Your business case should be constructed as a set of measurable hypotheses, each with its own underlying assumptions to be validated, including quantitative and qualitative business impact. These hypotheses should address the chain of causation from technology, process and organizational changes implemented, upward to key operational targets for the business, and further on to top-tier strategic and financial goals.
Consider this example of an industrial machinery company evaluating an investment in predictive analytics capabilities:
"If we invest in a machine learning technology platform, we can use our telematics data to develop a predictive analytics capability. This will help us programmatically identify leading indicators of machine failure weeks before incidents occur, and procure replacement components early enough to reduce total asset downtime from three days to one day.
This could improve perceived quality of our products allowing us to sustain competitive advantage. It will also drive substantial financial returns. Two days of downtime reduction per asset translates to $2.5M in incremental annual cash flow. With an initial capital investment of $5 million, the investment yields $2.65M in net present value and a 35% internal rate of return (IRR) - 20 percentage points above our internal cost of capital."
Perhaps the most important components of the business case are the technological, organizational and market assumptions that you implicitly acknowledge throughout the value hypothesis. Particularly with emerging technology investments like IoT, an effective business case is one in which assumptions are diligently identified, documented and detailed with practical validation steps.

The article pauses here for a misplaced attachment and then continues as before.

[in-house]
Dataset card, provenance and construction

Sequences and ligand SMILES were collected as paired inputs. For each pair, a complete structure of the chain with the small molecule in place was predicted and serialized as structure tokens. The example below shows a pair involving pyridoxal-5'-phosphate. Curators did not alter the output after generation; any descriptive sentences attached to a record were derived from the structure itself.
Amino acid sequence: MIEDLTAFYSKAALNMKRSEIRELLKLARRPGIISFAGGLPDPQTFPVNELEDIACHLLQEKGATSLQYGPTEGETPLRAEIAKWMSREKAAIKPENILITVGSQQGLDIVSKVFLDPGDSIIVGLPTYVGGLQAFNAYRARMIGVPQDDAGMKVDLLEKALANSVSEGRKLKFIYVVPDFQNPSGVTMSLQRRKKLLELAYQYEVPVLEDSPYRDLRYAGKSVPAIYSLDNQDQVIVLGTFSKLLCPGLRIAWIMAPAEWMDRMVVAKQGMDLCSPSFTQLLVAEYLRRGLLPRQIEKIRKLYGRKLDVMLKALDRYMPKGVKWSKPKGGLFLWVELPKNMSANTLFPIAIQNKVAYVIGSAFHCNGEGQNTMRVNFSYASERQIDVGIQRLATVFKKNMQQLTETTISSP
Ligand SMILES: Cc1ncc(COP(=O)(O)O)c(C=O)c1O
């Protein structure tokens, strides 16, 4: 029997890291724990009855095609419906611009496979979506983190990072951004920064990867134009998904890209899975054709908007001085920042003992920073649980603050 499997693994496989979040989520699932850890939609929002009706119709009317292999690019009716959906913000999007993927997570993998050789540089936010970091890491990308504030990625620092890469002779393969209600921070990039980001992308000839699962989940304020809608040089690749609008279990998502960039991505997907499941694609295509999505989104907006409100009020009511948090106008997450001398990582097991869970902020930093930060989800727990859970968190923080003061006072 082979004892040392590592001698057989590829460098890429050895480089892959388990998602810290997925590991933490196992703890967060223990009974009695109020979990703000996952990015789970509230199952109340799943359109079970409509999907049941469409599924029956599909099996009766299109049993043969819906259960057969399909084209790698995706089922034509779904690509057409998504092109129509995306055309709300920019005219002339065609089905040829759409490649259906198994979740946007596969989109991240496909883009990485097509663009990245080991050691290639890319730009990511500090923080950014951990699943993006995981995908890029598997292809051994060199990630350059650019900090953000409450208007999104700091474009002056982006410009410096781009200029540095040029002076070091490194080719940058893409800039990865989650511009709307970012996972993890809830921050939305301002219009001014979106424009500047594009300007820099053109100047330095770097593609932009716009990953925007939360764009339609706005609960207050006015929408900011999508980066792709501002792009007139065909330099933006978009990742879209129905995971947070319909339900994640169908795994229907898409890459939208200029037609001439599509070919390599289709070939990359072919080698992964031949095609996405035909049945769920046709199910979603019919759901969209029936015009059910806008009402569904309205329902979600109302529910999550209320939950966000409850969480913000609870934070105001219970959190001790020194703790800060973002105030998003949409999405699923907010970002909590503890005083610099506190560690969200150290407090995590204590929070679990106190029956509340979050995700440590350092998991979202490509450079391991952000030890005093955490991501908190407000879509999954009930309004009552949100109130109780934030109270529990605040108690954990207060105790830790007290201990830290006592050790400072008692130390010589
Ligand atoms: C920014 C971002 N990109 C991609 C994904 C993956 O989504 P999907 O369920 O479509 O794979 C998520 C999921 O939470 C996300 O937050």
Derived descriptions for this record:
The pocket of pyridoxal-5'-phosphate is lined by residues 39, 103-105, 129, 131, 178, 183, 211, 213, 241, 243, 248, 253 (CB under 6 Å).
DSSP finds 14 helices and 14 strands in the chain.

Inquire with Strategic Experiments
All too often, firms hastily move from the business case to a full capital appropriation and program implementation. While adding some incremental cost, strategic experiments geared to validate your value hypothesis are an effective way to mitigate risk and unlock previously unforeseen requirements.
A leading practice for IIoT investments is to sponsor one or more proof of value activities to reliably confirm the viability of your idea. Working from the hypothesis and assumptions outlined in your business case, build a plan and a focused team to examine areas of technical risk and business uncertainty.
Proof of Value activities often take the form of working product prototypes, theoretical models, consultations, subject matter research, and interviews with customers and business partners. Aside from the obvious risk mitigation benefits, they offer a stop-loss opportunity to start small and fail fast if it’s determined that the idea is not viable or not ideal at the current time. They also lay much of the technical groundwork for the implementation phase that follows.
The best Proof of Value engagements also set out to identify scalability concerns that should capture attention early in the implementation.
- Can we organize our value chain such that our product or service can be manufactured and distributed at scale?
- Can we scale to the volume of data and bandwidth required to support production?
- Will the market bear the volume of products or services we forecast to secure profitability and growth?
A well-executed business case can help you make informed decisions and envision a clear picture of how an IIoT investment can generate incremental revenue and profitability. Aside from these analytical benefits, it’s true value is the experience of ideation, hypothesis formation and validation that helps drive alignment and enthusiasm across your organization for an exciting new idea.
With a structured approach that incorporates leading practices, you can ensure that your business case for IIoT is the motivating experience you had hoped for, rather than the aimless misadventure you had feared.